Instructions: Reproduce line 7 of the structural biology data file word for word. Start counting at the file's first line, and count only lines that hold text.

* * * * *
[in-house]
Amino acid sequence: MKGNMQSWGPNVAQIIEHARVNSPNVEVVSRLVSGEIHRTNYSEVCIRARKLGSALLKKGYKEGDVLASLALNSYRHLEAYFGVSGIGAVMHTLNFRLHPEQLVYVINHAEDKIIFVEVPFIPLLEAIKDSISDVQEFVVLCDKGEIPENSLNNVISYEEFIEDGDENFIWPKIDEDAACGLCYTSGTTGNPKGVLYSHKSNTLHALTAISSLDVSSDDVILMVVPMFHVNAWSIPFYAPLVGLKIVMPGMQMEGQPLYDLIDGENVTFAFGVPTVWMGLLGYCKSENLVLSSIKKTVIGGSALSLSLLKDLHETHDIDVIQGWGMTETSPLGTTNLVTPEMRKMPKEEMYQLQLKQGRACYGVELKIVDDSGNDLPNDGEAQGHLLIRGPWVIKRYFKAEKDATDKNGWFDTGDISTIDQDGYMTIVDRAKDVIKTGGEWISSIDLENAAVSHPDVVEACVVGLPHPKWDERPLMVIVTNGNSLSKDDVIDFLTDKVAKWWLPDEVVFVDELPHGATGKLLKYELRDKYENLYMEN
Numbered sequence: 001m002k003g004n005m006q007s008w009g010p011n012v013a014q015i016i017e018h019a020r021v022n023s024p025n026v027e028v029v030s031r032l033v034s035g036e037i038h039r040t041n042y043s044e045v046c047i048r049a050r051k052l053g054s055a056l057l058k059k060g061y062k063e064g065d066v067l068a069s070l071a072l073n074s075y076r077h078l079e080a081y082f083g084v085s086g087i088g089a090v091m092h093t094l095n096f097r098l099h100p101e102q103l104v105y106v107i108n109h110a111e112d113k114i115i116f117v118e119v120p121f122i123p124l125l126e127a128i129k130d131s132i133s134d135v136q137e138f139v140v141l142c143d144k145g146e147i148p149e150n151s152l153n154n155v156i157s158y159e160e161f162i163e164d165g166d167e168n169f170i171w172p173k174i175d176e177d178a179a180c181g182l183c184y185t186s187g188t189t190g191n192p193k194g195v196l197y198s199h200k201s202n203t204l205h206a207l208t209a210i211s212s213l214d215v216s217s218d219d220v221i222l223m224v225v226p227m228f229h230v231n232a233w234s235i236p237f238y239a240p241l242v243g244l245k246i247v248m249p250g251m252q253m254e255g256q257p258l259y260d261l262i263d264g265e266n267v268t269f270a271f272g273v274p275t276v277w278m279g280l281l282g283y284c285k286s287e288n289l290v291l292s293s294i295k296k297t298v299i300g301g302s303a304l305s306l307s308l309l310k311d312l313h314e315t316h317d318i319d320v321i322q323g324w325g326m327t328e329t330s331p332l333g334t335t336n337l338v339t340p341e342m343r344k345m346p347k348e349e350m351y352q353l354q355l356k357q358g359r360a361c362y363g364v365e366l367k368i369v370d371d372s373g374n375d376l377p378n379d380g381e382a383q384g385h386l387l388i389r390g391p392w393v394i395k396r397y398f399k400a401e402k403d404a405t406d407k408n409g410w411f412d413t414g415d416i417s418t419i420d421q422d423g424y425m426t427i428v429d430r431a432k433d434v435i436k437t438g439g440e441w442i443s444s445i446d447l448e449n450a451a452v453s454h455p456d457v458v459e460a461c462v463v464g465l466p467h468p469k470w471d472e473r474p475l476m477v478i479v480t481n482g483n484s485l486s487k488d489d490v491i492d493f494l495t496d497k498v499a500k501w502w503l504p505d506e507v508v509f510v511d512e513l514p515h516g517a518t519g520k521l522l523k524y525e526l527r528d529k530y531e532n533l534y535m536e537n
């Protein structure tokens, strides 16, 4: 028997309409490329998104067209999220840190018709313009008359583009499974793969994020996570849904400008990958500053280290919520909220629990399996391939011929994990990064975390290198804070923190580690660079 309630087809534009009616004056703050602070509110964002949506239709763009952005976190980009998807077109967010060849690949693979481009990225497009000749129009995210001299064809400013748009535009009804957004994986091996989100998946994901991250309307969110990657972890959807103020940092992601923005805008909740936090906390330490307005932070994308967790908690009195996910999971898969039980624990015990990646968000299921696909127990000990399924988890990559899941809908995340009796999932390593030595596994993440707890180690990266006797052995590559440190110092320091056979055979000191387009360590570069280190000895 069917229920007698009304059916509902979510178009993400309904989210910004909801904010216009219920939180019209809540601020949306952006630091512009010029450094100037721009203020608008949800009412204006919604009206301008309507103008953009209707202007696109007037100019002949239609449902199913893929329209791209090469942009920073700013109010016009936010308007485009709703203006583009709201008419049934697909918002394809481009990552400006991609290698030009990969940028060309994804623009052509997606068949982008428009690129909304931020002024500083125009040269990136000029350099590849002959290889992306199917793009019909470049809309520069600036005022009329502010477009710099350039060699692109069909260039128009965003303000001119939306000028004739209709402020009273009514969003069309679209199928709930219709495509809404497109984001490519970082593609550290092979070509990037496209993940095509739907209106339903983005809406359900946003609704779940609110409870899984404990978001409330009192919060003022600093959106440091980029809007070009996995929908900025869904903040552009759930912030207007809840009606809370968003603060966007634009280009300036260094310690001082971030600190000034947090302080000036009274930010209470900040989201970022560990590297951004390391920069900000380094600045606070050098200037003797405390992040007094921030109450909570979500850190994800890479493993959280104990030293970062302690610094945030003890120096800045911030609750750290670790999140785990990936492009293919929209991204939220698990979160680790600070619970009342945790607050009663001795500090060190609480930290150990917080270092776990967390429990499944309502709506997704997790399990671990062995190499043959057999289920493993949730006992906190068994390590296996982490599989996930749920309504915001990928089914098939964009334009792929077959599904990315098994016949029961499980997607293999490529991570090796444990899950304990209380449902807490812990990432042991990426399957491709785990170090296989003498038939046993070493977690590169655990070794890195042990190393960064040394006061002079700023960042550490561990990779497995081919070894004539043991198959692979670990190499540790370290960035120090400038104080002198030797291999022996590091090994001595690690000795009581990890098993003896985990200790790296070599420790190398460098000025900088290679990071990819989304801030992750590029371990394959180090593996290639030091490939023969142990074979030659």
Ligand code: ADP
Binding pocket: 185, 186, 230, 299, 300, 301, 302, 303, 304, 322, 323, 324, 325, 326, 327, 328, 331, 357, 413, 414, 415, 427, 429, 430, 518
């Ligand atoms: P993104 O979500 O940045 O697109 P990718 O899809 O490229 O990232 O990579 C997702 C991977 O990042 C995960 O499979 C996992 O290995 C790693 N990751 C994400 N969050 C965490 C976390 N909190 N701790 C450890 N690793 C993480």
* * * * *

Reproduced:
């Ligand atoms: P993104 O979500 O940045 O697109 P990718 O899809 O490229 O990232 O990579 C997702 C991977 O990042 C995960 O499979 C996992 O290995 C790693 N990751 C994400 N969050 C965490 C976390 N909190 N701790 C450890 N690793 C993480």